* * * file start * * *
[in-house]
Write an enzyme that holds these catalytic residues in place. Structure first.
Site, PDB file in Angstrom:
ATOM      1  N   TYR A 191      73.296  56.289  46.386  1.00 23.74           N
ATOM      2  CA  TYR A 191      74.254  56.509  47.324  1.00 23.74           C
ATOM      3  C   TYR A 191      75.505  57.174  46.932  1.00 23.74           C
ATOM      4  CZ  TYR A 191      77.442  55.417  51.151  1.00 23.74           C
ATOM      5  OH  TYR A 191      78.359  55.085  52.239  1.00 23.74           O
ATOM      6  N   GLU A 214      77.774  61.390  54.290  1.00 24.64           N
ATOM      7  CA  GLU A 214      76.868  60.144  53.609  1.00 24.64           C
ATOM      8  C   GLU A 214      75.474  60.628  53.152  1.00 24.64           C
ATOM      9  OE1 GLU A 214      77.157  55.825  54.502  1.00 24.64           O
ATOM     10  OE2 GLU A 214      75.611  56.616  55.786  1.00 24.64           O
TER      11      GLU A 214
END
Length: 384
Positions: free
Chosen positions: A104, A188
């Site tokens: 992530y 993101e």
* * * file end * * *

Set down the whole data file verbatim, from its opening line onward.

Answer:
[in-house]
Write an enzyme that holds these catalytic residues in place. Structure first.
Site, PDB file in Angstrom:
ATOM      1  N   TYR A 191      73.296  56.289  46.386  1.00 23.74           N
ATOM      2  CA  TYR A 191      74.254  56.509  47.324  1.00 23.74           C
ATOM      3  C   TYR A 191      75.505  57.174  46.932  1.00 23.74           C
ATOM      4  CZ  TYR A 191      77.442  55.417  51.151  1.00 23.74           C
ATOM      5  OH  TYR A 191      78.359  55.085  52.239  1.00 23.74           O
ATOM      6  N   GLU A 214      77.774  61.390  54.290  1.00 24.64           N
ATOM      7  CA  GLU A 214      76.868  60.144  53.609  1.00 24.64           C
ATOM      8  C   GLU A 214      75.474  60.628  53.152  1.00 24.64           C
ATOM      9  OE1 GLU A 214      77.157  55.825  54.502  1.00 24.64           O
ATOM     10  OE2 GLU A 214      75.611  56.616  55.786  1.00 24.64           O
TER      11      GLU A 214
END
Length: 384
Positions: free
Chosen positions: A104, A188
């Site tokens: 992530y 993101e």